By weakly basic anion exchangers, there are to be understood the known anion exchangers containing primary, secondary and tertiary amino groups, and by weakly acid cation exchangers there are to be understood the known cation exchangers containing carboxyl groups, phosphinic acid groups and phenolic hydroxyl groups, and also the weakly acid cation exchangers which contain aminocarboxylic acid groups and form chelate complexes. These weakly basic anion exchangers and weakly acid cation exchangers and their preparation are described, for example, in F. Helfferich, loc. cit., pages 26 to 71 and Ullmanns Enzyklopadie der technischen Chemie (Ullmanns Encyclopaedia of Industrial Chemistry), 4th edition, Volume 13, 1977, pages 295-309.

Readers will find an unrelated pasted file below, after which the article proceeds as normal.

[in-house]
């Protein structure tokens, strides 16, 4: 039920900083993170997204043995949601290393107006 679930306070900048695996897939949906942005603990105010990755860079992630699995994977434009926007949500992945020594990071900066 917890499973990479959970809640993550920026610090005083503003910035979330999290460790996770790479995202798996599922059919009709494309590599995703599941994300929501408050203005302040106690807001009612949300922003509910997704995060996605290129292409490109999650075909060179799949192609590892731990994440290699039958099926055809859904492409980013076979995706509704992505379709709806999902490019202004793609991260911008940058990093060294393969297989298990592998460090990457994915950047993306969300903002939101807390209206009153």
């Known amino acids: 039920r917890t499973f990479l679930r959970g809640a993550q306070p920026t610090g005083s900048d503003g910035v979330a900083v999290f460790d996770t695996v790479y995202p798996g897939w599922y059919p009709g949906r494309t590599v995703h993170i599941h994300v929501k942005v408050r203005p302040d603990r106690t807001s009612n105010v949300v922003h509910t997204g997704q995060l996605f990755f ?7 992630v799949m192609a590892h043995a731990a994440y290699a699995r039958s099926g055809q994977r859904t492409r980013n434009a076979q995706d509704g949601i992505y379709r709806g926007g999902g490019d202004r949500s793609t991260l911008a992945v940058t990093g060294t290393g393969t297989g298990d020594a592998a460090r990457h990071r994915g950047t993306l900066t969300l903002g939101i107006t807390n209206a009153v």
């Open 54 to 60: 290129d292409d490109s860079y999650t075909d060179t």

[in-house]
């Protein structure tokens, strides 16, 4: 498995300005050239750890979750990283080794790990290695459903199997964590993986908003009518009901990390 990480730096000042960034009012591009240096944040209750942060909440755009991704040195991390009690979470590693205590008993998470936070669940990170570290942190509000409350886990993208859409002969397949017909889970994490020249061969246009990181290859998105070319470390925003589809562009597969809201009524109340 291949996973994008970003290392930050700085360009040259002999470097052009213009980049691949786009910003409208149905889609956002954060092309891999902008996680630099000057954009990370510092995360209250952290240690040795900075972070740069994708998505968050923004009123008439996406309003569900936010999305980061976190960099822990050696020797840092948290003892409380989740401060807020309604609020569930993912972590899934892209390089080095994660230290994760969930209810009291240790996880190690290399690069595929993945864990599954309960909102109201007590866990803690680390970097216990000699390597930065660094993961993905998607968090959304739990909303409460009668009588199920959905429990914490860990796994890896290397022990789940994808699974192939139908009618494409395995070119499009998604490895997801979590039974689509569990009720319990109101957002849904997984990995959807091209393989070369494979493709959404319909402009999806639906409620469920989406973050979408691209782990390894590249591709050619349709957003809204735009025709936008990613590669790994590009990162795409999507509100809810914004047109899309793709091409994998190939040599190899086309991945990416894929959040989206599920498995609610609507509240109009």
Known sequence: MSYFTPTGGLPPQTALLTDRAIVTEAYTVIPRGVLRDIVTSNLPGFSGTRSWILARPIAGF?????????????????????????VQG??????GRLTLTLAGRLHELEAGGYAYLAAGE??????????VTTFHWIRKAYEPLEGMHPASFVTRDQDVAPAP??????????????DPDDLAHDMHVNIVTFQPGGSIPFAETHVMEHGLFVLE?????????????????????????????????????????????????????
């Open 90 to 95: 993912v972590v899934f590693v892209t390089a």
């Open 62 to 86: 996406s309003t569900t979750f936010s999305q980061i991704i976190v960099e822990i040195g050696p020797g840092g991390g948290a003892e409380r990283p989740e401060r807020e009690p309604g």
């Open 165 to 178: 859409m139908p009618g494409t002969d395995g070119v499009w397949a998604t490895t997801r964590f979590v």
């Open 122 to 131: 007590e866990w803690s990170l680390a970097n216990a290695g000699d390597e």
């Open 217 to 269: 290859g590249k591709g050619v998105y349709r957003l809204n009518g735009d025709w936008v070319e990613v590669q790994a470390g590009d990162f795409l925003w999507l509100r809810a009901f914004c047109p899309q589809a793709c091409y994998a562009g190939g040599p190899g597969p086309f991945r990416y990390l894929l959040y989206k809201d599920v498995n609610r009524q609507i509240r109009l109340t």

In particular, weakly basic anion exchangers and weakly acid cation exchangers which can be employed for the so-called Sirotherm process may also be used. The selection criteria and the preparation of these ion exchangers are described, for example, in: Aust. J. Chem. 19 (1966) pages 561-587, 589-608 and 765-789; and in U.S. Pat. Nos. 3,645,922, 3,888,928 and 3,619,394.

The weakly basic anion exchangers based on crosslinked polyacrylamides and crosslinked polyvinylbenzylamines and the weakly acid cation exchangers based on crosslinked poly(meth)acrylic acid have proved particularly suitable.